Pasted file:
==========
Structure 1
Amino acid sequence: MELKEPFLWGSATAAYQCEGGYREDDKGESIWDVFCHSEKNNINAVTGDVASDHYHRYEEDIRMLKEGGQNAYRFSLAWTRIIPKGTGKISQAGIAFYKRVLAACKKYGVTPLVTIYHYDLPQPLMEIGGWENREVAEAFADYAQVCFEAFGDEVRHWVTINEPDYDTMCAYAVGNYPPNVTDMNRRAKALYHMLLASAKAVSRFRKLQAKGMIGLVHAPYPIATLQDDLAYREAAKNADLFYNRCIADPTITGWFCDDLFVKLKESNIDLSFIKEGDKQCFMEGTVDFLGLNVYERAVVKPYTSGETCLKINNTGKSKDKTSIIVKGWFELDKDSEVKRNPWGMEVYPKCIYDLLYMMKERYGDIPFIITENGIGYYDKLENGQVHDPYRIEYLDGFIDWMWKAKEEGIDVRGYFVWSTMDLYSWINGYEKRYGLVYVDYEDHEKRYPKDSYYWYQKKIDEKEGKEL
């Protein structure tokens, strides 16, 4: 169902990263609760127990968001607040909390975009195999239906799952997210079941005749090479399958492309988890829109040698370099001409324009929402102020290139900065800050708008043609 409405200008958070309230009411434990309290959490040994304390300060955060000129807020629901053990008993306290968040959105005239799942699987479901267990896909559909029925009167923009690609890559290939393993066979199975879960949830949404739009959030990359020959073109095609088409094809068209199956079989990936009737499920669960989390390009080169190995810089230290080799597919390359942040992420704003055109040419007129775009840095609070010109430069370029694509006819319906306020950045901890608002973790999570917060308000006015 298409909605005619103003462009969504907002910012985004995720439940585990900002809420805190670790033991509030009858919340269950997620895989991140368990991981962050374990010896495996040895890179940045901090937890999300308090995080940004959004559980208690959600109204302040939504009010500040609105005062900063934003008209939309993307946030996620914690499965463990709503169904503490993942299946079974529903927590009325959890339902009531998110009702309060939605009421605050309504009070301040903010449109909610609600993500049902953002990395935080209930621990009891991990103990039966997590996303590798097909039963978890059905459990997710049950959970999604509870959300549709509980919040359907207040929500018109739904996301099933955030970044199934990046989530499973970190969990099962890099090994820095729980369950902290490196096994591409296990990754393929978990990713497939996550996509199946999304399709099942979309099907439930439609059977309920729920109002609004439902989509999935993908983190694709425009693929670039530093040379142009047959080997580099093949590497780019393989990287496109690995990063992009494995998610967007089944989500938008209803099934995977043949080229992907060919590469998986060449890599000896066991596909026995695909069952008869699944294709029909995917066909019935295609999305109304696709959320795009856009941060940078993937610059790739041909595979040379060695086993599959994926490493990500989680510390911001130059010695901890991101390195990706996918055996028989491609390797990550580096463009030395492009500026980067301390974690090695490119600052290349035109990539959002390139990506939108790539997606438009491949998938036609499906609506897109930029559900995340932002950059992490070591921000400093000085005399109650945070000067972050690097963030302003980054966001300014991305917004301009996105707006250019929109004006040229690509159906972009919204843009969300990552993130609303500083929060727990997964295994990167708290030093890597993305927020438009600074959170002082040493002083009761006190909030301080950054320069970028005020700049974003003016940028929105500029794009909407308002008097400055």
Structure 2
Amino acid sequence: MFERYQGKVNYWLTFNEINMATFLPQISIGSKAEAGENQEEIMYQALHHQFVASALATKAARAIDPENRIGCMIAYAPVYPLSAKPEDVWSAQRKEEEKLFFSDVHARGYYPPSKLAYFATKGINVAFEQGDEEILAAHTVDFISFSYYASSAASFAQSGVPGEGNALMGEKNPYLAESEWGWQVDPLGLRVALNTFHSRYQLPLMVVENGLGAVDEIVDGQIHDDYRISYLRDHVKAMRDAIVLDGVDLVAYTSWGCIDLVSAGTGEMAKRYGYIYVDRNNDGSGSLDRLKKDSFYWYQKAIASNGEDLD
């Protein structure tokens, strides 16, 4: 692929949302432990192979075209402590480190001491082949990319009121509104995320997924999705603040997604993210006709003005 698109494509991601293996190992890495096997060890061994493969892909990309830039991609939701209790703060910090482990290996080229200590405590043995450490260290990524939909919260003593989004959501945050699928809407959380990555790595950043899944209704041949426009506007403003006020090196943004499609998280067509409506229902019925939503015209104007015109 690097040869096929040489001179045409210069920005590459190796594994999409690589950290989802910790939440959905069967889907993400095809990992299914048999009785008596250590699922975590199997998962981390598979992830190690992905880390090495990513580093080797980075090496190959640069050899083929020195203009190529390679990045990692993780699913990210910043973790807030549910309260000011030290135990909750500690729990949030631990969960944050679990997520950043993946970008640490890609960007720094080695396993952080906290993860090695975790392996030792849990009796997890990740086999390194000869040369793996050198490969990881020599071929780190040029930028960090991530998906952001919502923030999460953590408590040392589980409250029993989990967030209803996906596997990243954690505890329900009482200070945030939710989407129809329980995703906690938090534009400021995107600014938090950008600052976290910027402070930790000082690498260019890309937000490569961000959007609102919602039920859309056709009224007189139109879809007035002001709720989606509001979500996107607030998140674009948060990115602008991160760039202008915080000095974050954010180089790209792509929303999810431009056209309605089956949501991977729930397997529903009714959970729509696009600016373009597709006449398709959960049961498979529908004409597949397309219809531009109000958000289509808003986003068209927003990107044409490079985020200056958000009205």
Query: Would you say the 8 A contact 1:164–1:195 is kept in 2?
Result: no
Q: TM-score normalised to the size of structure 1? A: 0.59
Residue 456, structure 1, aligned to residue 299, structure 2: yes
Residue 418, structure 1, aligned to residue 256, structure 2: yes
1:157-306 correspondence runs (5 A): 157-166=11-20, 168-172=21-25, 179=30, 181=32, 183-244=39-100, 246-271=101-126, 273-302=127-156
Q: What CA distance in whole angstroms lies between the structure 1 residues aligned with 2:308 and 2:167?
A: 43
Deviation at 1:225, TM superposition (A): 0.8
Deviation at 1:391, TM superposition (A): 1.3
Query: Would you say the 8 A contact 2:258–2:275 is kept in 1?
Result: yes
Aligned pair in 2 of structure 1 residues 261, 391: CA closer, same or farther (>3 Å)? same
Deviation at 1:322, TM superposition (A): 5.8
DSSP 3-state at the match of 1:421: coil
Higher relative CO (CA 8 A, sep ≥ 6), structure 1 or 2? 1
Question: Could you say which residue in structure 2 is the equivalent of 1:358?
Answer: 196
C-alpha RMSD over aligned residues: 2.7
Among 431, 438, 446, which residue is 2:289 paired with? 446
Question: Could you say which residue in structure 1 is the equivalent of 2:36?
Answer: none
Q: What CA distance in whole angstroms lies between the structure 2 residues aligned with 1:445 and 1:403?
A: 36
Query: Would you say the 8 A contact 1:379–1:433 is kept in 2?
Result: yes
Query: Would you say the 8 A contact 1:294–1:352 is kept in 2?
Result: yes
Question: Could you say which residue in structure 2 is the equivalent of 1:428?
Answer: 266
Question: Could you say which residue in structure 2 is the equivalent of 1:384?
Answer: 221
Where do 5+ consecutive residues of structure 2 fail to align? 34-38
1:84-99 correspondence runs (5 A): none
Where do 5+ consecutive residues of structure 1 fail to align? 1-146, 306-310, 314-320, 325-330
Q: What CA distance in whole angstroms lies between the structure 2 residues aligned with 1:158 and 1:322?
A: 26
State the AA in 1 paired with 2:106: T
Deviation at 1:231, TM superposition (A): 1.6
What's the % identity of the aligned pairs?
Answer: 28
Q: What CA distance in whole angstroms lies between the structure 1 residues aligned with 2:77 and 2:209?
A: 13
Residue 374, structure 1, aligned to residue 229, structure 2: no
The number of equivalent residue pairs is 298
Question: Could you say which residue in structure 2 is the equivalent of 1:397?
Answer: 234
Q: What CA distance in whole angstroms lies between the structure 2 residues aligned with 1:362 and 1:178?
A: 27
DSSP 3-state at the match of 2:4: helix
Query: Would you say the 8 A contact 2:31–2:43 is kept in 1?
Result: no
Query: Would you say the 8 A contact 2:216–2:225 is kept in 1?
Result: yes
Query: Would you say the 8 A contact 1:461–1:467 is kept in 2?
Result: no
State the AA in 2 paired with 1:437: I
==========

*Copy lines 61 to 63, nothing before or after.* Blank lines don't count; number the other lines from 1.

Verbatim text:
Query: Would you say the 8 A contact 1:461–1:467 is kept in 2?
Result: no
State the AA in 2 paired with 1:437: I